“king of the steakhouse”


The Tomahawk Steak is a ‘bone-in rib steak’ with the entire rib bone intact. This bone is frenched, either trimmed of meat and fat or partially as in the picture above for presentation. The Tomahawk is cut from the rib section. The primary muscle of the Tomahawk is the longissimus dorsi, which is also the primary muscle in the Porterhouse, T-Bone and New York Strip.

The Longissimus dorsi are a pair of long, tender muscles that run down either side of the spine of the steer, outside the ribs, all the way from the neck to the hip. The tenderness of a steak is inversely related to the amount of work that a muscle does during the steer’s lifetime. So as a relatively unused muscle, the Longissimus dorsi commonly referred to as the loin or the backstrap are extremely tender, making them an ideal candidate for steak and also quite expensive.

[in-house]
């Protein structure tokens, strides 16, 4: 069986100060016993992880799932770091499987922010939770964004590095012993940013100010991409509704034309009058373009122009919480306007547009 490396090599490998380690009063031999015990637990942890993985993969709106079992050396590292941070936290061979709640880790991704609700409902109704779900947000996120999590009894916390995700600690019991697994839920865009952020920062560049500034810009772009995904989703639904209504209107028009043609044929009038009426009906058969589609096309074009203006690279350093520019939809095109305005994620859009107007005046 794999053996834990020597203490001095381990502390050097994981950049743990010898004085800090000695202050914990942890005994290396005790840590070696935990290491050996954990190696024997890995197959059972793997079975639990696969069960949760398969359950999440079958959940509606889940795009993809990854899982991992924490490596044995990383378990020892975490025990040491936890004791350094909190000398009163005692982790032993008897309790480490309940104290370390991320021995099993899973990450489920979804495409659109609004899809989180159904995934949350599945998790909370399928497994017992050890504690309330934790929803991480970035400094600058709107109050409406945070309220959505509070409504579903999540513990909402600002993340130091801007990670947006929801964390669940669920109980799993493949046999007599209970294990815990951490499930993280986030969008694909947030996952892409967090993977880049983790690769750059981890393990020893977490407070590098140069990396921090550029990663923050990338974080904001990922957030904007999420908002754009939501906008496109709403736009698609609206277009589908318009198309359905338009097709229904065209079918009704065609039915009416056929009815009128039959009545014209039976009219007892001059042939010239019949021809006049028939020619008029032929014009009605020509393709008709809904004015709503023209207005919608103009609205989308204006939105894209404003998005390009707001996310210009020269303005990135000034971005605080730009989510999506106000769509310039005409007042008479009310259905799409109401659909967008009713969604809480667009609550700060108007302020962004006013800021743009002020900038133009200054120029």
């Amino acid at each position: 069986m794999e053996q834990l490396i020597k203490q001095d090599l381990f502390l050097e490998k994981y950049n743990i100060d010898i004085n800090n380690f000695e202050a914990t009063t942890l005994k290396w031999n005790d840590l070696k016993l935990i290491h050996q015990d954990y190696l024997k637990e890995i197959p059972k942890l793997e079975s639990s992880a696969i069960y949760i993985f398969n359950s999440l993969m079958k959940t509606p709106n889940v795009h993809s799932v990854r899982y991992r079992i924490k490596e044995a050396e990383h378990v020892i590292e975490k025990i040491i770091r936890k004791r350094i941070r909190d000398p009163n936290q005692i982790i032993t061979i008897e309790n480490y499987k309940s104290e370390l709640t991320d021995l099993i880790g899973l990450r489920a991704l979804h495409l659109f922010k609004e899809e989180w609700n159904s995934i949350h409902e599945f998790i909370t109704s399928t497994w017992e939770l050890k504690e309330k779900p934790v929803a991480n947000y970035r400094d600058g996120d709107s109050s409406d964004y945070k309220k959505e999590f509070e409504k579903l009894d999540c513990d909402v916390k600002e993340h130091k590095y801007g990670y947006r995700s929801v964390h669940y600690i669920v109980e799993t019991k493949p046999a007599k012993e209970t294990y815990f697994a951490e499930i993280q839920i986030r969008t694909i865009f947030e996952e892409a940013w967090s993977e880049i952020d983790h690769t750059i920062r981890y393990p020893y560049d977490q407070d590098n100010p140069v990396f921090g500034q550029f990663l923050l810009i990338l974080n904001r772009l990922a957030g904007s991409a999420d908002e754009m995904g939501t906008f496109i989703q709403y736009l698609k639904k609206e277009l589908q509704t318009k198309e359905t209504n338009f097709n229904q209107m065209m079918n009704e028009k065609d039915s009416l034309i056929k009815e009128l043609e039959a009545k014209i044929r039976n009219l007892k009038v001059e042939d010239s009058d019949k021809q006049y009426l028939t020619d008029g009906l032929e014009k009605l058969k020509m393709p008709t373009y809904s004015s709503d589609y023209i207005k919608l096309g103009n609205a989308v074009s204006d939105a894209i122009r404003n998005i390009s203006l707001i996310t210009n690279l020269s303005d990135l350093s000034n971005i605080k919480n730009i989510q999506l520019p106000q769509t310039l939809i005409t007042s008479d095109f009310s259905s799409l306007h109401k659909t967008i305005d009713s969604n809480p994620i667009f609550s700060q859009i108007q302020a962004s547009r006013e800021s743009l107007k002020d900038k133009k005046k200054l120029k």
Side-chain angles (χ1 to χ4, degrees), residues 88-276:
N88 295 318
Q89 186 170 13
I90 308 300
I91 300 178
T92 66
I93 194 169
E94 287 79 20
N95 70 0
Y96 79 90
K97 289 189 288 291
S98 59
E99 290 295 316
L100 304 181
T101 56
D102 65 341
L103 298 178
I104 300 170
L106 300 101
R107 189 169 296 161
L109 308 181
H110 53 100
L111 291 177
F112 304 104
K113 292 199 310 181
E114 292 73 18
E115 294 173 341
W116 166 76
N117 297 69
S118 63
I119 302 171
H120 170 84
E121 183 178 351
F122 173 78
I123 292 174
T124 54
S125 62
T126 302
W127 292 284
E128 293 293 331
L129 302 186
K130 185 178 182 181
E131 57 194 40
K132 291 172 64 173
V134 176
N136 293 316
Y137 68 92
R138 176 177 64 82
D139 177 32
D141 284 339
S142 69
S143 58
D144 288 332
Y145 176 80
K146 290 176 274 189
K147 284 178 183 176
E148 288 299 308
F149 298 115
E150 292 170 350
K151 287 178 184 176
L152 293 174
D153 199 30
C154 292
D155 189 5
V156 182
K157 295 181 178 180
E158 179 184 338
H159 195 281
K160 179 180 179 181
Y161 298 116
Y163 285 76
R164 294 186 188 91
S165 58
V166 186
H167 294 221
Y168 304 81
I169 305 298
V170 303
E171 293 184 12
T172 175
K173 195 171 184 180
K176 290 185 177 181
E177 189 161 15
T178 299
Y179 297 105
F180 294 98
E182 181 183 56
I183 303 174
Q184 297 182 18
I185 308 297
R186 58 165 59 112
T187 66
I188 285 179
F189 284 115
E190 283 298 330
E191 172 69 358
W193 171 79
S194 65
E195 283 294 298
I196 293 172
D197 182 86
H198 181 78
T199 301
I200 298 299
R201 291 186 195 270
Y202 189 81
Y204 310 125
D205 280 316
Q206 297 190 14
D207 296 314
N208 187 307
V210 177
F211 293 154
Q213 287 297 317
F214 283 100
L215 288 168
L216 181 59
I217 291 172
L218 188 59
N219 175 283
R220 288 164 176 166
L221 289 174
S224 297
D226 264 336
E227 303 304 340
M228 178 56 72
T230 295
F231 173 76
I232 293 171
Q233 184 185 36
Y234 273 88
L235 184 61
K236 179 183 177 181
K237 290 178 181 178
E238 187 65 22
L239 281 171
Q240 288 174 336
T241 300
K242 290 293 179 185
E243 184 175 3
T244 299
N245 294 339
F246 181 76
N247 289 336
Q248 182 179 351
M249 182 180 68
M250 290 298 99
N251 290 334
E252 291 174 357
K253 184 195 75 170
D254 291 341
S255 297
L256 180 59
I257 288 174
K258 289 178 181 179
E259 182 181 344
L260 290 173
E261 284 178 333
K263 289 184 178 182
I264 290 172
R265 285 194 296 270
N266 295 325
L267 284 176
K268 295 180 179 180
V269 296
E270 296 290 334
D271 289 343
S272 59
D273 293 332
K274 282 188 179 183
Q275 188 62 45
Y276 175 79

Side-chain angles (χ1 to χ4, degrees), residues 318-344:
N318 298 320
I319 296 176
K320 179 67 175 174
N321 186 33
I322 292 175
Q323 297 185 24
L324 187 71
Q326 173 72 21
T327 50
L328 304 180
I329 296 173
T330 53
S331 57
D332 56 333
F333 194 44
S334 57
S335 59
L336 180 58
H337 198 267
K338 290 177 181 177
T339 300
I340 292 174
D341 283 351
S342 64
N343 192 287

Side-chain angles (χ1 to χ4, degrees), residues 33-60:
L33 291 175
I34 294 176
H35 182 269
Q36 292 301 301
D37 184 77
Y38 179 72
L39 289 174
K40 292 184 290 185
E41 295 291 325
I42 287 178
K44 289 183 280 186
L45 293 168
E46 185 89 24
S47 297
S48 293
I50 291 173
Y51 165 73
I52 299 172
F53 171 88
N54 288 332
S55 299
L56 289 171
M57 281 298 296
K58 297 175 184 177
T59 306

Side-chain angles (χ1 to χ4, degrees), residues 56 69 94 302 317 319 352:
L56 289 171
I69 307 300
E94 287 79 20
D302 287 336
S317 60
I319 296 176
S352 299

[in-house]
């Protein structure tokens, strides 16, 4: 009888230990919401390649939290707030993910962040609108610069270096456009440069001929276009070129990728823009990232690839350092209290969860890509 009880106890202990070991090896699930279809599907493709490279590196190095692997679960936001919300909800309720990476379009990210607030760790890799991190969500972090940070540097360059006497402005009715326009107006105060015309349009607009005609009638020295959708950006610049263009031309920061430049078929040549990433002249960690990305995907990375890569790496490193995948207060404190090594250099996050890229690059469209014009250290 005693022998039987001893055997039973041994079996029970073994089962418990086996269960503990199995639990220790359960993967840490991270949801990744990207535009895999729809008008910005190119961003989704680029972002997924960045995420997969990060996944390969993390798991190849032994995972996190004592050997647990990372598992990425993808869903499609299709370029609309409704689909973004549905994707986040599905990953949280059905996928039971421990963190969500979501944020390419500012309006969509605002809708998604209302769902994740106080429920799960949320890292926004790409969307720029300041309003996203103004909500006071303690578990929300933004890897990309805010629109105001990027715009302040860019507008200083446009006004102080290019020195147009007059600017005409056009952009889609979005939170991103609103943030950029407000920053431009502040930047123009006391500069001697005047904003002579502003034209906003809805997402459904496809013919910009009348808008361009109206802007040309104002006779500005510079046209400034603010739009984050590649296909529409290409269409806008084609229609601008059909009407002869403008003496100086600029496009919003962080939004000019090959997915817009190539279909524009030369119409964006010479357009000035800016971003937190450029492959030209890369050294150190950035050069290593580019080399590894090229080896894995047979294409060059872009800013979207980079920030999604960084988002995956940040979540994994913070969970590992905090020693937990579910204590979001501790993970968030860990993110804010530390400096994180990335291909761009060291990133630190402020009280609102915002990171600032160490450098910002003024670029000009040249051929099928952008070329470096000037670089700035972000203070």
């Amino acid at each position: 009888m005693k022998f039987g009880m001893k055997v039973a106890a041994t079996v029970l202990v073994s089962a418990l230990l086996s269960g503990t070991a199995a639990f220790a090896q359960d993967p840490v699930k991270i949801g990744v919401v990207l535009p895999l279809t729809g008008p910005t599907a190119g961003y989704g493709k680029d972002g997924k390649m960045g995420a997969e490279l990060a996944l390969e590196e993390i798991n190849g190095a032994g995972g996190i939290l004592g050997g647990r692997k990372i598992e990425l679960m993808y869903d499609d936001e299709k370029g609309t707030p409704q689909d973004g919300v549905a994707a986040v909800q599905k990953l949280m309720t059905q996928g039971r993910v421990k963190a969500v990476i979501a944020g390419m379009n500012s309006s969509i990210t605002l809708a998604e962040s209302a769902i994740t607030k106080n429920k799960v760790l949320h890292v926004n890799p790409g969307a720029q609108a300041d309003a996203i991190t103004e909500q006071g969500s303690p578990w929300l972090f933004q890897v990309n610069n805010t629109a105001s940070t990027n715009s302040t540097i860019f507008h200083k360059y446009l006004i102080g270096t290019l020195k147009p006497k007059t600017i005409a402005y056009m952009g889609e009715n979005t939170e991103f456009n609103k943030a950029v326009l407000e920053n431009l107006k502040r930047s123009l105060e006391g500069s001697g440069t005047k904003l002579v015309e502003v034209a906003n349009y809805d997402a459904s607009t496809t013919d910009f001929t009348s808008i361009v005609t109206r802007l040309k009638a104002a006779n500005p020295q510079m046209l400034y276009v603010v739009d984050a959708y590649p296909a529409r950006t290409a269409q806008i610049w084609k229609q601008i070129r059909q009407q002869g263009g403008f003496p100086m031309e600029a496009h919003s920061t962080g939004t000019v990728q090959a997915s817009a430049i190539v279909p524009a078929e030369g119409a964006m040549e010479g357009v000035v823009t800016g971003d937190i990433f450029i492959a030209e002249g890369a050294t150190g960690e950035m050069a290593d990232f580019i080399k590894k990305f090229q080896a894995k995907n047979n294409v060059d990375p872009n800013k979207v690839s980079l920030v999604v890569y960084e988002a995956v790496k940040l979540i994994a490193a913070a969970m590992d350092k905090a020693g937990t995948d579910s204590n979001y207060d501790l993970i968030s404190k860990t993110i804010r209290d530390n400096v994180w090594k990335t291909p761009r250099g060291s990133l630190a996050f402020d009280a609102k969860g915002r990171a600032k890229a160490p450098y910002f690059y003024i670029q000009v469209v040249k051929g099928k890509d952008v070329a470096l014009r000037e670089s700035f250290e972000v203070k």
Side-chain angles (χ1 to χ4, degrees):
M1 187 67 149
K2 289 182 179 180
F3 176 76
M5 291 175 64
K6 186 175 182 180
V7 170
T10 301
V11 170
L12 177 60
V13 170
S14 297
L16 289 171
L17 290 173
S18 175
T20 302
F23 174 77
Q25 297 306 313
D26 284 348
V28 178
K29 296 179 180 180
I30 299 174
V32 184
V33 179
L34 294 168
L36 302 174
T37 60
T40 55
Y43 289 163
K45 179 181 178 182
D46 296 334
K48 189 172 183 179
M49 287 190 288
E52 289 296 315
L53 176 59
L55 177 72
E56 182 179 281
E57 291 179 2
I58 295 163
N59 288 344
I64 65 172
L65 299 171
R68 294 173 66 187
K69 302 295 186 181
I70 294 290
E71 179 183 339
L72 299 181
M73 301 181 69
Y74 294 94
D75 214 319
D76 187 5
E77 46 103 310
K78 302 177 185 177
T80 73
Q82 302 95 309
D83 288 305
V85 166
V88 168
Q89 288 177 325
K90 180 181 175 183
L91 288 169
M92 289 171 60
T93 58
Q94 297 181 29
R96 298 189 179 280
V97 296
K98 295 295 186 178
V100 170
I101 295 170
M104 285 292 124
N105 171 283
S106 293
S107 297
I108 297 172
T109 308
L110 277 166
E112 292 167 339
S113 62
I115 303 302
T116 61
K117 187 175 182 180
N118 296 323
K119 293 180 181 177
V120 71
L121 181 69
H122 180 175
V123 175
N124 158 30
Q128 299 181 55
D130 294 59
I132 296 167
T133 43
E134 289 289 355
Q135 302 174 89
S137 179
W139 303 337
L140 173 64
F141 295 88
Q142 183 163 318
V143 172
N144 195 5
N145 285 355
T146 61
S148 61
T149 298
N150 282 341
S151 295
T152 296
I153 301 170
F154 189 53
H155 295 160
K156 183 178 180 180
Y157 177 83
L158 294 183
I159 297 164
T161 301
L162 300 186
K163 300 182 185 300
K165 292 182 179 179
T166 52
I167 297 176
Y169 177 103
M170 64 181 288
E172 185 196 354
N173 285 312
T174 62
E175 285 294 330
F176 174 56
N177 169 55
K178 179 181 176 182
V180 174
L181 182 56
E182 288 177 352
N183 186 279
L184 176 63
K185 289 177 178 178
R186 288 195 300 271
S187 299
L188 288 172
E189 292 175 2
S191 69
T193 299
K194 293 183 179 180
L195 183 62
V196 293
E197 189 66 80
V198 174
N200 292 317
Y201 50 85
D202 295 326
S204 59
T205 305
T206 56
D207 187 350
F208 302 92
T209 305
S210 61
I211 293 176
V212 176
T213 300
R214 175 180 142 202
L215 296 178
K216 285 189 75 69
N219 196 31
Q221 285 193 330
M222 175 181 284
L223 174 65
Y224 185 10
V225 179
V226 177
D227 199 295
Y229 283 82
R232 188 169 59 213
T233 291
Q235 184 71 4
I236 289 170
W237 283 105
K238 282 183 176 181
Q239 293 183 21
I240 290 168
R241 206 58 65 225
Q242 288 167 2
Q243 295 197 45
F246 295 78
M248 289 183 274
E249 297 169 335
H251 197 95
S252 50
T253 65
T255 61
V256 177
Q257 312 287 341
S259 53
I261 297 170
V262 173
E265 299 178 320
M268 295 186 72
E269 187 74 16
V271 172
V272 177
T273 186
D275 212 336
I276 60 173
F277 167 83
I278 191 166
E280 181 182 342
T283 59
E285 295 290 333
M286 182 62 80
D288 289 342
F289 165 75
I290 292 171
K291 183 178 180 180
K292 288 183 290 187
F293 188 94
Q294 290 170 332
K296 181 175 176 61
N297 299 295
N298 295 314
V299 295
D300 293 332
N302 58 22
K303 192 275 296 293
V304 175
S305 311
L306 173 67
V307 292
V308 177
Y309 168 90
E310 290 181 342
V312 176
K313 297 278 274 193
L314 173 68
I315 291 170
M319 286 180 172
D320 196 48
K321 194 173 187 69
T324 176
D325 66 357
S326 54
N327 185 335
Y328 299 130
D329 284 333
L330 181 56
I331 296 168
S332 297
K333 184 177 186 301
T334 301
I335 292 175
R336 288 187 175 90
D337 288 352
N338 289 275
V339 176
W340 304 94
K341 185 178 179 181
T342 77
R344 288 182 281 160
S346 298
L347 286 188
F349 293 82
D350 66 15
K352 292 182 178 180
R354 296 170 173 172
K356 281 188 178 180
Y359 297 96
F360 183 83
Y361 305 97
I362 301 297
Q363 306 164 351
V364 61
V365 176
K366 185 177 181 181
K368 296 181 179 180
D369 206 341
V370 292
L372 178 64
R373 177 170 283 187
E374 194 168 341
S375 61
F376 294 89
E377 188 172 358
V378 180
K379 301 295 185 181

While cheaper cuts like flank, and skirt, or cuts like hanger and flatiron are my favorite, but the “king of the steakhouse” are still those cuts that come from the Longissimus dorsi and the Psoas major.